The new administration must take alcohol consumption seriously

Dear Editor,

I would first like to applaud the new Minister of Public Security for the outstanding work done so far and new vision and direction put forth for the reforming of Guyana’s security sector. The devastating impact of crime on foreign investment, migration and the morale of country, among others, have been documented by many observers in the past.

I would like, however, to encourage the Minister to look into an area that has been neglected for far too long in Guyana, and now has become our dominant culture. It is one, I believe, which has an inextricable link to crime in this country, and that is underage drinking. As a young Guyanese who resides in what it is considered a low-income area in the countryside of Guyana, the effects of this phenomenon are evident.

Today in Guyana and virtually in all locations where alcohol is consumed or sold, one can find the presence of underage persons either buying or consuming alcohol. Many bar/shop owners, particularly in the rural areas, accept this behaviour because for many underage drinkers account for a good percentage of their revenue.

Persons who acquire a liquor licence should be aware that selling alcohol to minors is a violation and that they risk having their licences taken away. Almost none of these establishments practise checking the IDs of suspected underage persons, and virtually none has a clearly visible sign (which should be issued by a governmental entity) stating it is an infraction to sell alcohol to a minor, as typically done in the US (it is also applied for tobacco).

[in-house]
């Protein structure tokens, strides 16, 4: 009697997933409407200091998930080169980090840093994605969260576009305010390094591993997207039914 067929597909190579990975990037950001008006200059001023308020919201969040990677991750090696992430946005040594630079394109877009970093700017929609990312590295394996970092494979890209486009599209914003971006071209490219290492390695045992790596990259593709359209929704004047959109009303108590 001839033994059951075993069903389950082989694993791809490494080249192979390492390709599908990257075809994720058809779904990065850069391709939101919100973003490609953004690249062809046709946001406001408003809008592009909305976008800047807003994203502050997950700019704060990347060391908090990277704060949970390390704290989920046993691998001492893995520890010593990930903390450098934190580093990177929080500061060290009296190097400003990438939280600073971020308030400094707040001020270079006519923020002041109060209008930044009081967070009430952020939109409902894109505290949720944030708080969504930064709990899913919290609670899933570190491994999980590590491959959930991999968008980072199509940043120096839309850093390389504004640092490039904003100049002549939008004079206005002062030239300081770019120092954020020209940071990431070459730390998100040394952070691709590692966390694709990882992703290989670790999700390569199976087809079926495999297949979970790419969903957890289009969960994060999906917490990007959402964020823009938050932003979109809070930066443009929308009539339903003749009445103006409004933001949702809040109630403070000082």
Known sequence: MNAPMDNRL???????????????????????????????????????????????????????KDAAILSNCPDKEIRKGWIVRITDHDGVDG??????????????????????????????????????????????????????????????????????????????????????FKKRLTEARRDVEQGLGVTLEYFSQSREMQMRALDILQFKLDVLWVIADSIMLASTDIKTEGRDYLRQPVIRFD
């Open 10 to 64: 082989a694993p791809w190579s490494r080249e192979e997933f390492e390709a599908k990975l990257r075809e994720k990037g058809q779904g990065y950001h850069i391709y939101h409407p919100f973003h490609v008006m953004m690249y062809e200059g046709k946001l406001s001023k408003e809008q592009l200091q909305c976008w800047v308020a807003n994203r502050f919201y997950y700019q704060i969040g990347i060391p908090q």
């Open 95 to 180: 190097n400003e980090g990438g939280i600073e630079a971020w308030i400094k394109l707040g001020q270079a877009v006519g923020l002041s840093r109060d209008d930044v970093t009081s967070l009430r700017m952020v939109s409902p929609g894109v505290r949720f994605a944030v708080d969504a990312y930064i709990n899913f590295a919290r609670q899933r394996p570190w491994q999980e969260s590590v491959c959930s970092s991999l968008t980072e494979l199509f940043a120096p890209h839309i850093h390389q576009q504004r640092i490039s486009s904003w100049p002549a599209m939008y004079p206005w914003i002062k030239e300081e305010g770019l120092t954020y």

As a person who lived in the US for quite some time, I am appalled at the apparent laxity in the application of the law and the type of culture that now dominates Guyanese society. It does not take an expert to observe what lies ahead for a society which allows this behaviour to continue. Teenage drinking is quite frankly something that no business establishment should be encouraging.

Persons living in the communities where this trend is more evident can testify to the problems that occur when underage persons consume alcohol. It is the number one contributor to violence, noise nuisance and lawless behaviour towards law abiding citizens, and many Guyanese are hostage to this phenomenon.

Guyana is now at the crossroads of survival after decades of rot and decay. What we do today will determine where we as a society stand tomorrow. Like many ills which start innocuously, this one was allowed to fester and become the elephant in the room which hardly anyone talks about. It is time for change, and on that note I ask that this issue be looked at and taken seriously by the new administration.

Yours faithfully,
D Persaud

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